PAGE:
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Yale International Relations Leadership Institute (YIRLI) - Should You Apply as a High Schooler?

If you love participating in Model United Nations and engaging in debates and public speaking, then today’s blog post is for you. Participating in leadership and international relations programs can not only help you advance your knowledge of geopolitics and your oratory skills, it can also significantly enhance your college application. These programs showcase your initiative, leadership skills, and global awareness, making you stand out as an applicant almost regardless of where you choose to apply. Today’s blog takes a look at Yale’s International Relations Leadership Institute, and what you stand to gain from participating in it.


What is YIRLI all about?

The Yale International Relations Leadership Institute (YIRLI) is a week-long, residential, intensive summer institute, designed to equip high school students with a deep understanding of international relations and leadership skills. At YIRLI, you can expect to engage in intensive workshops, discussions with experts, and hands-on projects that simulate real-world international challenges. The program also focuses on enhancing critical thinking, public speaking, and teamwork skills. By the end of YIRLI, you can expect to have a solid foundation in international relations and be better prepared for your future academic pursuits thanks to your improved reasoning and communication skills.


How is YIRLI structured?

YIRLI takes place from July 30th to August 4th, 2024. Over the course of the week, you can expect to attend:

  • Public speaking workshops

  • Mentorship sessions

  • Research workshops

  • Model United Nations workshops and committee sessions

  • Multiple speaker sessions

  • Student life at Yale panels

  • A tour of the UN Headquarters


While it only lasts a week, the YIRLI program is both comprehensive and immersive. Past speakers at YIRLI have included a Special Advisor to the US State Department, a White House Senior Advisor, authors, activists, research fellows, lawyers, historians, and political strategists. You will then get to apply their insights and your learning in exciting simulations of UN debates under the auspices of the three Model United Nations sessions hosted over the week. The program takes place on Yale's campus, and you’ll not only have access to its world-class facilities, you’ll also get to tour the campus and understand from current students what life at Yale is like. To conclude your experience, you will also be responsible for delivering your submission for the YIRLI Global Impact Challenge, a group project where you’ll be working on the UN Sustainable Development Goals. By the end of the week, you can expect to leave with:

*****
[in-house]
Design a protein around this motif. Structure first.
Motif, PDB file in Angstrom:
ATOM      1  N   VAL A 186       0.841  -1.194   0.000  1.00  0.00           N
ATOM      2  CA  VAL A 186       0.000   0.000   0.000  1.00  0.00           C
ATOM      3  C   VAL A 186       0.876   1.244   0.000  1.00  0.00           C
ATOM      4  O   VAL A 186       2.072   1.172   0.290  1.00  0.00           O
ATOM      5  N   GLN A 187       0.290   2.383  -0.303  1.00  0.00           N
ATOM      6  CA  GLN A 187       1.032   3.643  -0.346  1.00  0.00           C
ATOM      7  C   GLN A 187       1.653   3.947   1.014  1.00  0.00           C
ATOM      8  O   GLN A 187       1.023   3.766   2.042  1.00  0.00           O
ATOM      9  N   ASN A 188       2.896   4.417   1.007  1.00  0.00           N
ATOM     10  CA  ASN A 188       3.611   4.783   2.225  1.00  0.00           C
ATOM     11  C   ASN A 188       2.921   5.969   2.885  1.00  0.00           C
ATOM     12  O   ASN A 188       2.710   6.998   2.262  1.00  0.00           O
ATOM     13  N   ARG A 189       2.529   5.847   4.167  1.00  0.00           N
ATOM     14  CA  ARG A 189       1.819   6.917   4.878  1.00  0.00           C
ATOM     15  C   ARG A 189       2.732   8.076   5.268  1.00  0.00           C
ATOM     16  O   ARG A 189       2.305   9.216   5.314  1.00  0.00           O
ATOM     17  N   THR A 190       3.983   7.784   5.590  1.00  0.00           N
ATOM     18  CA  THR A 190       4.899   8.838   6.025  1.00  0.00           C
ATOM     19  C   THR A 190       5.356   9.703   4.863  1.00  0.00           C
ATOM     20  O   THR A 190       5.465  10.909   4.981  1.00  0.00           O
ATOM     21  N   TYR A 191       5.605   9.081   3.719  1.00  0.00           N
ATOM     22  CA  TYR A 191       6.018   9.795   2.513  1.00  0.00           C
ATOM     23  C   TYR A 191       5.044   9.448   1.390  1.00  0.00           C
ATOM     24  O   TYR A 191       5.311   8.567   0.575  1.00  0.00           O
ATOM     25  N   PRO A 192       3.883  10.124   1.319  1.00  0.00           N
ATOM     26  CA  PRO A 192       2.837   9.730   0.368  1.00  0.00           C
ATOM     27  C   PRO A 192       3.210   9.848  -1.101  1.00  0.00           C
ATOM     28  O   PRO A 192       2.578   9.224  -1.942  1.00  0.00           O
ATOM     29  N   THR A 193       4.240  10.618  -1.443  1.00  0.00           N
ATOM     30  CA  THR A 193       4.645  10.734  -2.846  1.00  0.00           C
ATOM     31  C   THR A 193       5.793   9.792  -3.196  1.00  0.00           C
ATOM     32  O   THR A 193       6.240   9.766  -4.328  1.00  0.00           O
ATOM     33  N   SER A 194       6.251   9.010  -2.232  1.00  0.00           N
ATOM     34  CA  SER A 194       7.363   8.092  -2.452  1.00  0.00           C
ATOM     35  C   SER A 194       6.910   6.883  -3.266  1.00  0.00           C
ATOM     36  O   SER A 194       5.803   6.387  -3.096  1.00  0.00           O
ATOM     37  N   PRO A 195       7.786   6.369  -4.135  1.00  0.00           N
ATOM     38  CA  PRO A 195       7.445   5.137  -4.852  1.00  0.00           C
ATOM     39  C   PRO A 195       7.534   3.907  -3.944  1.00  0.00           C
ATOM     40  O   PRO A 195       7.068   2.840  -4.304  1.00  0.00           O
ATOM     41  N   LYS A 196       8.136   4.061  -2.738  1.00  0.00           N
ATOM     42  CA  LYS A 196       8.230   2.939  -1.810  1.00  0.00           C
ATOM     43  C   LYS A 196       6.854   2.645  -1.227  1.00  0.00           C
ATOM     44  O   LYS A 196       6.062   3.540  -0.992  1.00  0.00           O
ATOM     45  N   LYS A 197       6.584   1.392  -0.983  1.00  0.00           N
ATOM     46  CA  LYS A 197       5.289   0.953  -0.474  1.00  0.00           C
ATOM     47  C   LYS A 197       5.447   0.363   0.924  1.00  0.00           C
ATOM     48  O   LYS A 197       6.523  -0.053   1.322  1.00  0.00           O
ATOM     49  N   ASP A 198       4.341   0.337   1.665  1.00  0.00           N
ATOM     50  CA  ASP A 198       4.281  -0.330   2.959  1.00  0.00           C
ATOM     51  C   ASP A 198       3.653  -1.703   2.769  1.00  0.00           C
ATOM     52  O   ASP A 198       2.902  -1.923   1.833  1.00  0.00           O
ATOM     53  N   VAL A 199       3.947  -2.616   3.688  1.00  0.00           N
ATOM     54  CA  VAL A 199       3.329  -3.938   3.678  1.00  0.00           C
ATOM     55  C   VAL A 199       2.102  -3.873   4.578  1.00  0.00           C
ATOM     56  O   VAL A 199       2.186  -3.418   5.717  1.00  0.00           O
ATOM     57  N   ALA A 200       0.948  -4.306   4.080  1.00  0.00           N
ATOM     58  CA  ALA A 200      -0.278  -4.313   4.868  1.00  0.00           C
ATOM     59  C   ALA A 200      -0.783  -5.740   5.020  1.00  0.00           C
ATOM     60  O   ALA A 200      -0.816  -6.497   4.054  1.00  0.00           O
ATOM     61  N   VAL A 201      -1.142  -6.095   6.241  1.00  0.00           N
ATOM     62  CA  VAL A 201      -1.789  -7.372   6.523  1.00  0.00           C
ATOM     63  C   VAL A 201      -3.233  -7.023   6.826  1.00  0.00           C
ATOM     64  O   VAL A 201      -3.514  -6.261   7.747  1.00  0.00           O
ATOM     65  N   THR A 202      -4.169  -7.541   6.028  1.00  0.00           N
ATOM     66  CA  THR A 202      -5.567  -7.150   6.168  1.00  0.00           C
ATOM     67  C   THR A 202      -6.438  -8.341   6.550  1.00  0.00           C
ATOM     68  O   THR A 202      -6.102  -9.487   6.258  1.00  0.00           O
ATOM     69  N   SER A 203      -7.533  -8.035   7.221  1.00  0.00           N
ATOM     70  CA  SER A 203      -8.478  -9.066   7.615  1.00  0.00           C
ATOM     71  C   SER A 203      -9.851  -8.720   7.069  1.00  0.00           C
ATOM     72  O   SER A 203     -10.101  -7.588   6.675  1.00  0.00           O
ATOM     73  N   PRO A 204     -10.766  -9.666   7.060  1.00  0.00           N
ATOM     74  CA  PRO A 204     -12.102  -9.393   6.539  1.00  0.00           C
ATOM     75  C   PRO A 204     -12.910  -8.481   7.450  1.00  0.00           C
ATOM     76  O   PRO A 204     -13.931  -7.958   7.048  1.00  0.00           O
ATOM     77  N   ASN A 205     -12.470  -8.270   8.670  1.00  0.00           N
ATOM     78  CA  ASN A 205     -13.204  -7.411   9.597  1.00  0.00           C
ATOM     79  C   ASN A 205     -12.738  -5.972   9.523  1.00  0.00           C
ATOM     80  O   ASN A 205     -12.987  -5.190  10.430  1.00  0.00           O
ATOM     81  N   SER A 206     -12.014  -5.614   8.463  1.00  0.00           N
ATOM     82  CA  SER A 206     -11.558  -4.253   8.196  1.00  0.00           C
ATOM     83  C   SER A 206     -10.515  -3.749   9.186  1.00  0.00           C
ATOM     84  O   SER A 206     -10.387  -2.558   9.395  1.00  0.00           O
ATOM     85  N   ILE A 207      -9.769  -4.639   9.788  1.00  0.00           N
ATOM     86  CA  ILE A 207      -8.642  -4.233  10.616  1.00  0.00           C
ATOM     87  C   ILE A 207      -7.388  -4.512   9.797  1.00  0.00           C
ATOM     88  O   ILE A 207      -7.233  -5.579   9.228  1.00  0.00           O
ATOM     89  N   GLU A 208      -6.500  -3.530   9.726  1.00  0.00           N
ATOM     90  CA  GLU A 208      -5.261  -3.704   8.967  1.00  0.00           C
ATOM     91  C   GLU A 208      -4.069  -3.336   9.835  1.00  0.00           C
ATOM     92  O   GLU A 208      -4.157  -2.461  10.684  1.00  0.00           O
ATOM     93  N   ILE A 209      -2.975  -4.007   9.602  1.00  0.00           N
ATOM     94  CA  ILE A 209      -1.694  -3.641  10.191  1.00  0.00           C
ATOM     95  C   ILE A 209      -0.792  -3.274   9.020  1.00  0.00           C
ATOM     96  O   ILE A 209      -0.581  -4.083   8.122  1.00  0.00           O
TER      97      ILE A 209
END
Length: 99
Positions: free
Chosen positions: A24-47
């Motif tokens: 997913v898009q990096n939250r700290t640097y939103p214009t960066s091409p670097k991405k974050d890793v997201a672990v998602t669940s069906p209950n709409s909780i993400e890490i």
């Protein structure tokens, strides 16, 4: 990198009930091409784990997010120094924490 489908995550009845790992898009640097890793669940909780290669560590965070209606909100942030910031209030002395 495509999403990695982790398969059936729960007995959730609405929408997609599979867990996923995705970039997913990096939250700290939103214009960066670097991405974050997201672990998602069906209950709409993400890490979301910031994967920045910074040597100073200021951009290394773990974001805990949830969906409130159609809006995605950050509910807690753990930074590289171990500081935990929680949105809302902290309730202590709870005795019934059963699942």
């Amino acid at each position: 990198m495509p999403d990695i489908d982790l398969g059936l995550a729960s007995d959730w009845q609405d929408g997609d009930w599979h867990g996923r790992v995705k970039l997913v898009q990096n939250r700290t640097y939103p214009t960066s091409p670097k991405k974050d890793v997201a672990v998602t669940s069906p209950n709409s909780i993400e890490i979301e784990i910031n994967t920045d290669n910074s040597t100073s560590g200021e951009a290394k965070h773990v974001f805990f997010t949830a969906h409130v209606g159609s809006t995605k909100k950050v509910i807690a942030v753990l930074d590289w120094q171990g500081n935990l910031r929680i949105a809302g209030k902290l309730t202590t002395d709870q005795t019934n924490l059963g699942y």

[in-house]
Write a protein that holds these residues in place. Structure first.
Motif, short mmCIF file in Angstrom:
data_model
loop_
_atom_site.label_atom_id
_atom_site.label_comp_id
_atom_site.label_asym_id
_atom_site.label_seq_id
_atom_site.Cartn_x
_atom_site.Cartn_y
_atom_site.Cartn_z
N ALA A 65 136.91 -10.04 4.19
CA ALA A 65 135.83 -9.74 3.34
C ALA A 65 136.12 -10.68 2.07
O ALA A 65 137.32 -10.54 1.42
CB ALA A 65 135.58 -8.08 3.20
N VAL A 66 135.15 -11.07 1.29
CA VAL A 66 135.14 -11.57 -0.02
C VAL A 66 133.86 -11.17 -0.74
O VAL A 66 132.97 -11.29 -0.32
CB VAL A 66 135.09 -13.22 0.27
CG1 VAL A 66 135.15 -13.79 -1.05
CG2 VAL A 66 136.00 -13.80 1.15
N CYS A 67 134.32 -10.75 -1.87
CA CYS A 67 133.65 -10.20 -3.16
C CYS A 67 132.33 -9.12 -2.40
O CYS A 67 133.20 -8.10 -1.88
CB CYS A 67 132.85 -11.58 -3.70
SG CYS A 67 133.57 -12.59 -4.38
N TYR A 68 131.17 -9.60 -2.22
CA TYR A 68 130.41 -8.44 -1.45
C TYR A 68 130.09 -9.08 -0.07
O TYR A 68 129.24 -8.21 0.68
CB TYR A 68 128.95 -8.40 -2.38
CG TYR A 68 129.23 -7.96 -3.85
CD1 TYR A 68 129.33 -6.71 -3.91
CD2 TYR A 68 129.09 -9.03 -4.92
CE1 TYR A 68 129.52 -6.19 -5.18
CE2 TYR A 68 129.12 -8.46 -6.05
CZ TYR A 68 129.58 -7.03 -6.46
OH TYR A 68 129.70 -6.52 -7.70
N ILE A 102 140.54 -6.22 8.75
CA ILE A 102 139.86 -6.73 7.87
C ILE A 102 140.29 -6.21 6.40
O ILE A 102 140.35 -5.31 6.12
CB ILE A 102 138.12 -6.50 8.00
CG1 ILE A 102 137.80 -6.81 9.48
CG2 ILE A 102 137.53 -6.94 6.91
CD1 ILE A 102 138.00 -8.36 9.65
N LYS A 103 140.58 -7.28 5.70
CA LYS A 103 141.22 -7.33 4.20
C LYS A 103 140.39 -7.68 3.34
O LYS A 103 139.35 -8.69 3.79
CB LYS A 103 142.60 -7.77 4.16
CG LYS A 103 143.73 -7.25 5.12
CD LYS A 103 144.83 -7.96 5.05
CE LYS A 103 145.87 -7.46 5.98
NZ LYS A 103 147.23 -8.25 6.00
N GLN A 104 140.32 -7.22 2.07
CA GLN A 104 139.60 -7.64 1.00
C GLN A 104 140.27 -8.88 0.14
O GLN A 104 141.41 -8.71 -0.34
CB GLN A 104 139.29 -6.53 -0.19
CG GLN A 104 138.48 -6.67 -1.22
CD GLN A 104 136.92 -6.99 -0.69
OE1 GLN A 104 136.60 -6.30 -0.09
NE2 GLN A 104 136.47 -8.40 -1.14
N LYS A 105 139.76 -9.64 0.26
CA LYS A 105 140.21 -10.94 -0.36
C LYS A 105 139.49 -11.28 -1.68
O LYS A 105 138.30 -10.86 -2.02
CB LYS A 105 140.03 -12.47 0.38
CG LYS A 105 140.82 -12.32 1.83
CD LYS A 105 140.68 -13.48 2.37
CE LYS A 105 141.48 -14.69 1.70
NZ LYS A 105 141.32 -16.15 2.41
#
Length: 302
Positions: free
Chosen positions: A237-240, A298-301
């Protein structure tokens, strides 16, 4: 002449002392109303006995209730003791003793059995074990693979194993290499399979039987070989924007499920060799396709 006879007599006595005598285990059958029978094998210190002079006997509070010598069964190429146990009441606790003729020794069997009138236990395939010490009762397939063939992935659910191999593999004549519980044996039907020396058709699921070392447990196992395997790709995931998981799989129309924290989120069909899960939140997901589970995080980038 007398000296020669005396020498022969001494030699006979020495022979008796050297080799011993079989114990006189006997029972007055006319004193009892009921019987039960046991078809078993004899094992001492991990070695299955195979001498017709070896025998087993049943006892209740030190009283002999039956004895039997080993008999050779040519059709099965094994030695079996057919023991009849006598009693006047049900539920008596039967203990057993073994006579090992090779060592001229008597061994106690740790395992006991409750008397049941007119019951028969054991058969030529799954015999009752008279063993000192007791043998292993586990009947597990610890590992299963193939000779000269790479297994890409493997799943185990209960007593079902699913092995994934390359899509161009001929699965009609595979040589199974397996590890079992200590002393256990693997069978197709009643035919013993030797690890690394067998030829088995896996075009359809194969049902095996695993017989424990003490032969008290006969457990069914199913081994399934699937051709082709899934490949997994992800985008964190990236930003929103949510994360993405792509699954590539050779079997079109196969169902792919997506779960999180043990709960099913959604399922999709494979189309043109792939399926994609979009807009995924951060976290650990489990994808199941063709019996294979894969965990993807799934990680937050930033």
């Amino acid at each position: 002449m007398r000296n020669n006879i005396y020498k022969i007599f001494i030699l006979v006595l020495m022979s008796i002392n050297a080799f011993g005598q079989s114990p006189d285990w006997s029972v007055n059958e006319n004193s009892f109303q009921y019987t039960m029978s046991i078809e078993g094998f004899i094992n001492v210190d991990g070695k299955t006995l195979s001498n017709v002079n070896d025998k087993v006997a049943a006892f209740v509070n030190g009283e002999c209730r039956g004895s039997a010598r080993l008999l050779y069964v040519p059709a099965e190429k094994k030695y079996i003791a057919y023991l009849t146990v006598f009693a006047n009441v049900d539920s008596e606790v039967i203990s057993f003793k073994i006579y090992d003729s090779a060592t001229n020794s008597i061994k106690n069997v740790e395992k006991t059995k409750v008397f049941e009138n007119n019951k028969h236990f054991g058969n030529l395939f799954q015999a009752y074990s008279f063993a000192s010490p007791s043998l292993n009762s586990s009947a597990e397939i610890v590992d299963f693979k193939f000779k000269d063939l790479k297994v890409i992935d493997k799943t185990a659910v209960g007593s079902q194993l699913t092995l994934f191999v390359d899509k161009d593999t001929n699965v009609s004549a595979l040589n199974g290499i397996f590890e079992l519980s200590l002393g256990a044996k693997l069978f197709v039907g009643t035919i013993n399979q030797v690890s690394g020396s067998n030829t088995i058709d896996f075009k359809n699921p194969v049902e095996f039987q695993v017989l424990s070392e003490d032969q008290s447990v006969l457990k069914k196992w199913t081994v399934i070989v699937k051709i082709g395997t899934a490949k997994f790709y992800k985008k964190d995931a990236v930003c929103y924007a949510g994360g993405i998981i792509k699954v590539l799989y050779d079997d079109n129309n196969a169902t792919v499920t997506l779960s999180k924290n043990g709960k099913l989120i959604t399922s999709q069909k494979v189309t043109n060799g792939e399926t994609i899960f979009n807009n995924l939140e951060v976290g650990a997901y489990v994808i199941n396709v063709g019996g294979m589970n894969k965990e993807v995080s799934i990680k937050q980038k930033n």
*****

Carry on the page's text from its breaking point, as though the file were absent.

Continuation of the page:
• A sharper understanding of international relations and geopolitics.

  • Stronger debating and communication skills.

  • Richer exposure to how the United Nations works and their Sustainable Development Goals.

  • A strong, valuable network of Yale students and faculty.

  • A deeper understanding of college life.

How much does YIRLI cost?

The program fee is $2,000, covering tuition, accommodation, and meals. Financial aid is available for eligible students, and you can indicate your need for it during application.


Is it prestigious?

For its close association to Yale, the roster and calibre of the speakers it invites, the intensity of the program and its paid nature, we rate it as moderately prestigious. While YIRLI only lasts a week, it offers both phenomenal learning experiences and good networking opportunities. Alumni of YIRLI benefit from the crash course in geopolitics, communications and critical thinking that it provides and go on to pursue fields like politics, diplomacy, and international business. The program's reputation for excellence can help enhance your profile, making you a standout candidate in college applications and beyond.


Who is eligible for YIRLI and how do you apply?

To apply for YIRLI, you must:

  • Be a high school student entering the 11th - 12th grades aged 16-18.

  • Be a new applicant. If you’ve participated previously, you won’t be eligible to apply again.

While the applications for YIRLI 2024 are currently closed, here is how the application process typically works:

  1. You’ll need to complete the online application form.

  2. You’ll have to answer the following three short answer prompts:

    1. Your personal statement. (50 words)